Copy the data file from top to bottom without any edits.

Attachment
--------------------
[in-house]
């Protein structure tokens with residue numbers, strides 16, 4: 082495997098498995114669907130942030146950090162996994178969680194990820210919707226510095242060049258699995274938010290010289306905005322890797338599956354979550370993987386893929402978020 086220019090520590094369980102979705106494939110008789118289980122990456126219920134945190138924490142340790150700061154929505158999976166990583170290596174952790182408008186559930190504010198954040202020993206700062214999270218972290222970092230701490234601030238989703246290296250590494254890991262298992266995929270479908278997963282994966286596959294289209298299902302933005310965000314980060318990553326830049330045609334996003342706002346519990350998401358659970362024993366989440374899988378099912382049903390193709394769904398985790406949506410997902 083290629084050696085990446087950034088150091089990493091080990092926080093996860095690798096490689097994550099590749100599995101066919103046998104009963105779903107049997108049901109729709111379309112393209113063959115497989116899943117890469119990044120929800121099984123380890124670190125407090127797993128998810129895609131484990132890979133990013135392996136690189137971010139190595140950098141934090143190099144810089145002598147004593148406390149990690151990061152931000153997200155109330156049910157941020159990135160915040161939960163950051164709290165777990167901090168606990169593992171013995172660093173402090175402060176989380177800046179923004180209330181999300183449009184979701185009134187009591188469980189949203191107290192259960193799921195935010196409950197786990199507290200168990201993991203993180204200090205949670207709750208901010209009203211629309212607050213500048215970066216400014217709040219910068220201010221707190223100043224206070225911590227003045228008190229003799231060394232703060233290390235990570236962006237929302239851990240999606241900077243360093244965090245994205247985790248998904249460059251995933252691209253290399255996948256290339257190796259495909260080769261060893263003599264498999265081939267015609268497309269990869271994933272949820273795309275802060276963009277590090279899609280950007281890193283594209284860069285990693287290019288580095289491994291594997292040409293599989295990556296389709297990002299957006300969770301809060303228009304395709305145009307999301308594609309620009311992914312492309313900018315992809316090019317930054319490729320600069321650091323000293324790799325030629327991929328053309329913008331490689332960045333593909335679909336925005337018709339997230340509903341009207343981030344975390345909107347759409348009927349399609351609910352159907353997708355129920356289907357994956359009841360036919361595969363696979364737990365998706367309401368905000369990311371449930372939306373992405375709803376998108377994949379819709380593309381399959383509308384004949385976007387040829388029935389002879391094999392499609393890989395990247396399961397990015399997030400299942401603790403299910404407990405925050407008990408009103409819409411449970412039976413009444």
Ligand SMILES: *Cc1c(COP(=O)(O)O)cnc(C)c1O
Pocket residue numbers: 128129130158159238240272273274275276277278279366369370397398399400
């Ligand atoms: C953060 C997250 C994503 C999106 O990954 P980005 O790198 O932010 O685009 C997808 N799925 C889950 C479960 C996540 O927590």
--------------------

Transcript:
[in-house]
């Protein structure tokens with residue numbers, strides 16, 4: 082495997098498995114669907130942030146950090162996994178969680194990820210919707226510095242060049258699995274938010290010289306905005322890797338599956354979550370993987386893929402978020 086220019090520590094369980102979705106494939110008789118289980122990456126219920134945190138924490142340790150700061154929505158999976166990583170290596174952790182408008186559930190504010198954040202020993206700062214999270218972290222970092230701490234601030238989703246290296250590494254890991262298992266995929270479908278997963282994966286596959294289209298299902302933005310965000314980060318990553326830049330045609334996003342706002346519990350998401358659970362024993366989440374899988378099912382049903390193709394769904398985790406949506410997902 083290629084050696085990446087950034088150091089990493091080990092926080093996860095690798096490689097994550099590749100599995101066919103046998104009963105779903107049997108049901109729709111379309112393209113063959115497989116899943117890469119990044120929800121099984123380890124670190125407090127797993128998810129895609131484990132890979133990013135392996136690189137971010139190595140950098141934090143190099144810089145002598147004593148406390149990690151990061152931000153997200155109330156049910157941020159990135160915040161939960163950051164709290165777990167901090168606990169593992171013995172660093173402090175402060176989380177800046179923004180209330181999300183449009184979701185009134187009591188469980189949203191107290192259960193799921195935010196409950197786990199507290200168990201993991203993180204200090205949670207709750208901010209009203211629309212607050213500048215970066216400014217709040219910068220201010221707190223100043224206070225911590227003045228008190229003799231060394232703060233290390235990570236962006237929302239851990240999606241900077243360093244965090245994205247985790248998904249460059251995933252691209253290399255996948256290339257190796259495909260080769261060893263003599264498999265081939267015609268497309269990869271994933272949820273795309275802060276963009277590090279899609280950007281890193283594209284860069285990693287290019288580095289491994291594997292040409293599989295990556296389709297990002299957006300969770301809060303228009304395709305145009307999301308594609309620009311992914312492309313900018315992809316090019317930054319490729320600069321650091323000293324790799325030629327991929328053309329913008331490689332960045333593909335679909336925005337018709339997230340509903341009207343981030344975390345909107347759409348009927349399609351609910352159907353997708355129920356289907357994956359009841360036919361595969363696979364737990365998706367309401368905000369990311371449930372939306373992405375709803376998108377994949379819709380593309381399959383509308384004949385976007387040829388029935389002879391094999392499609393890989395990247396399961397990015399997030400299942401603790403299910404407990405925050407008990408009103409819409411449970412039976413009444």
Ligand SMILES: *Cc1c(COP(=O)(O)O)cnc(C)c1O
Pocket residue numbers: 128129130158159238240272273274275276277278279366369370397398399400
């Ligand atoms: C953060 C997250 C994503 C999106 O990954 P980005 O790198 O932010 O685009 C997808 N799925 C889950 C479960 C996540 O927590």